Celebrating Eastern Cape Artists

August 04, 2021 - October 11, 2021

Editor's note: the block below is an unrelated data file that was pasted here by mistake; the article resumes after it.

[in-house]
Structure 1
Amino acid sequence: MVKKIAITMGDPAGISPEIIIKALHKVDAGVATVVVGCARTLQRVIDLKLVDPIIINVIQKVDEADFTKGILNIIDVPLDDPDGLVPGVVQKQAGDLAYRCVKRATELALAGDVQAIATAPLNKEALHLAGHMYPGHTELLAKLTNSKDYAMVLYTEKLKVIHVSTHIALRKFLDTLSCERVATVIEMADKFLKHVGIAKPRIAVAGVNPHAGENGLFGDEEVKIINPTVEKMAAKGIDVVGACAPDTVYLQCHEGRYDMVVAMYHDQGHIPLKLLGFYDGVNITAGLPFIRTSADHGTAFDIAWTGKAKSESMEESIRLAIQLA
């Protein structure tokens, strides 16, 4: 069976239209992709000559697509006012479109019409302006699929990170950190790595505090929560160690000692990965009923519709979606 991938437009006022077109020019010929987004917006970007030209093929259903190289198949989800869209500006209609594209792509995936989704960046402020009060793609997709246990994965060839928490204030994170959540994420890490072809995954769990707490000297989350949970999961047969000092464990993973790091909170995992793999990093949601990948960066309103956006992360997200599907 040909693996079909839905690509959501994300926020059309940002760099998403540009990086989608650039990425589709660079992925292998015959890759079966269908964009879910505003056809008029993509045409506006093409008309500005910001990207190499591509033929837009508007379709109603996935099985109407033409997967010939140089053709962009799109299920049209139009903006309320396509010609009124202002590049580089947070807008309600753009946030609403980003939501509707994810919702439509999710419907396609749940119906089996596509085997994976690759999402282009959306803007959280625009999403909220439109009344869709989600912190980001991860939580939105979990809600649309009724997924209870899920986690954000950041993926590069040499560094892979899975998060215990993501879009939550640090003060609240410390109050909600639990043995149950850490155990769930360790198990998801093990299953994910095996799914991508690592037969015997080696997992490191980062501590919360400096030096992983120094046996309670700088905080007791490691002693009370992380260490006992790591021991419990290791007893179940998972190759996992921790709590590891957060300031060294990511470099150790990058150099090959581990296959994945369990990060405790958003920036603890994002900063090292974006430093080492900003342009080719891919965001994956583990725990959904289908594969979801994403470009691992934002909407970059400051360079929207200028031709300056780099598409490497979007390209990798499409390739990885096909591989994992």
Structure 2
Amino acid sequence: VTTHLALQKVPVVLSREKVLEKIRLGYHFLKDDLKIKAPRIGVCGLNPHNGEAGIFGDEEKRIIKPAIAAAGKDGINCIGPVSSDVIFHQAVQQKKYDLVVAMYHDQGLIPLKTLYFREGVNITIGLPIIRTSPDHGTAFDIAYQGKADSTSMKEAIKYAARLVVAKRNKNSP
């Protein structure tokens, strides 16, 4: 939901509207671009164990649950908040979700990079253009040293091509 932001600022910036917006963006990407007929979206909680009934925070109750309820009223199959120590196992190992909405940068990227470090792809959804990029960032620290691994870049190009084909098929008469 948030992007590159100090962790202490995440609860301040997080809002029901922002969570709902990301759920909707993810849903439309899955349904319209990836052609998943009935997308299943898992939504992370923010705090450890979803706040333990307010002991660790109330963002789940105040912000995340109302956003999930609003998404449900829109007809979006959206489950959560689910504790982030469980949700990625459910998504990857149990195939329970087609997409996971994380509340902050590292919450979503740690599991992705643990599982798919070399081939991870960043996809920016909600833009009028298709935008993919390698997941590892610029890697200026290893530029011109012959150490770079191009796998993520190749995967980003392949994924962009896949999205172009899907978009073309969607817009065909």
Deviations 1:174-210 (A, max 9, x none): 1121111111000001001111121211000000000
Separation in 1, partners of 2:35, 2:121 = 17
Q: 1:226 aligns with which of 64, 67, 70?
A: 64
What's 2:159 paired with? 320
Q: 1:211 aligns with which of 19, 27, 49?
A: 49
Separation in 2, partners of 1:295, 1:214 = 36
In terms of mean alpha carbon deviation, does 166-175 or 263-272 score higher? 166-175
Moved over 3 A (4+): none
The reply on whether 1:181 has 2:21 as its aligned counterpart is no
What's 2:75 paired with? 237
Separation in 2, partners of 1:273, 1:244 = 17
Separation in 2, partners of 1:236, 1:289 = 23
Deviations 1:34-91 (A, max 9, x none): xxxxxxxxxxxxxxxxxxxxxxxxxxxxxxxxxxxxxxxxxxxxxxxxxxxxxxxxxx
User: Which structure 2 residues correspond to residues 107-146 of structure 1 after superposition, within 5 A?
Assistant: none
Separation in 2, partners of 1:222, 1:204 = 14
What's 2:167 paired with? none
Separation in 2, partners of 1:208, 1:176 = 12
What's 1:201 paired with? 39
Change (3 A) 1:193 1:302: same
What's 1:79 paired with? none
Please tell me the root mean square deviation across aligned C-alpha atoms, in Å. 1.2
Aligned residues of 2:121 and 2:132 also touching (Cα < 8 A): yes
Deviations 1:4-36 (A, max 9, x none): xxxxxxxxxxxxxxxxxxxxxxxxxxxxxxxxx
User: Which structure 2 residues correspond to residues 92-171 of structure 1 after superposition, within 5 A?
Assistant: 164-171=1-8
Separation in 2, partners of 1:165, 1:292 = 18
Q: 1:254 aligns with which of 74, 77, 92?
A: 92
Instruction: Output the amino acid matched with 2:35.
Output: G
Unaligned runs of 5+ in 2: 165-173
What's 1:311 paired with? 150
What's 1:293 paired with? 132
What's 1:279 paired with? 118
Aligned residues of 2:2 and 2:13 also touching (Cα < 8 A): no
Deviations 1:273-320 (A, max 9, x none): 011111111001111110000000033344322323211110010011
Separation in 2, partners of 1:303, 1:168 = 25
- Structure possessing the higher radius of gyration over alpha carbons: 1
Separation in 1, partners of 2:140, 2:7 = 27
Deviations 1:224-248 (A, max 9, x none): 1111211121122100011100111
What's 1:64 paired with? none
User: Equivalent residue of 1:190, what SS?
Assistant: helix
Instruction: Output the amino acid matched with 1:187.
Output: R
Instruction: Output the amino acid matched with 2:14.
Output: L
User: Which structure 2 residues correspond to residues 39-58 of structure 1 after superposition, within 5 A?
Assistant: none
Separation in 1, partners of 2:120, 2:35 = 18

Made from prints on rice paper which has been covered in latex, the elements constituting The Interior (with fish) are positioned in such a way that they accord with a map of Africa by G. Blaeu that was included in the Grooten Atlas (1648–1665). Dixie’s choice of a map by Blaeu is significant. Maps such as the one Dixie quotes here speak of an imperative to harness new topographical knowledge for the successful establishment of the commercial interests of the Dutch East India Company. Signifying the end of the speculative geography that had been a feature of the sixteenth century, the seventeenth-century map ‘laid claims to its presence as a studiedly transparent image of an increasingly known world’ (Brotton 1997, 186). Dixie has, however, collapsed her reference to Blaeu with a second discourse – one that involves another kind of mapping. Presented as a substitute for the African continent, but adapted to accord with its contours, a medical diagram forms the central motif of The Interior. But this is no general map of the body, and instead one of an especially mysterious physiognomic terrain – female reproductive organs. The geographies of dark Africa and female reproductive anatomy have thus both, as it were, been charted and supposedly fixed through geographical and medical inquiry: as Dixie’s juxtaposition of these two discourses makes clear, to a masculine scientific imagination it seemed that the equally troublesome uncertainties signified by both of these ‘others’ – foreign topography and woman – might be overcome by their being methodically diagrammed.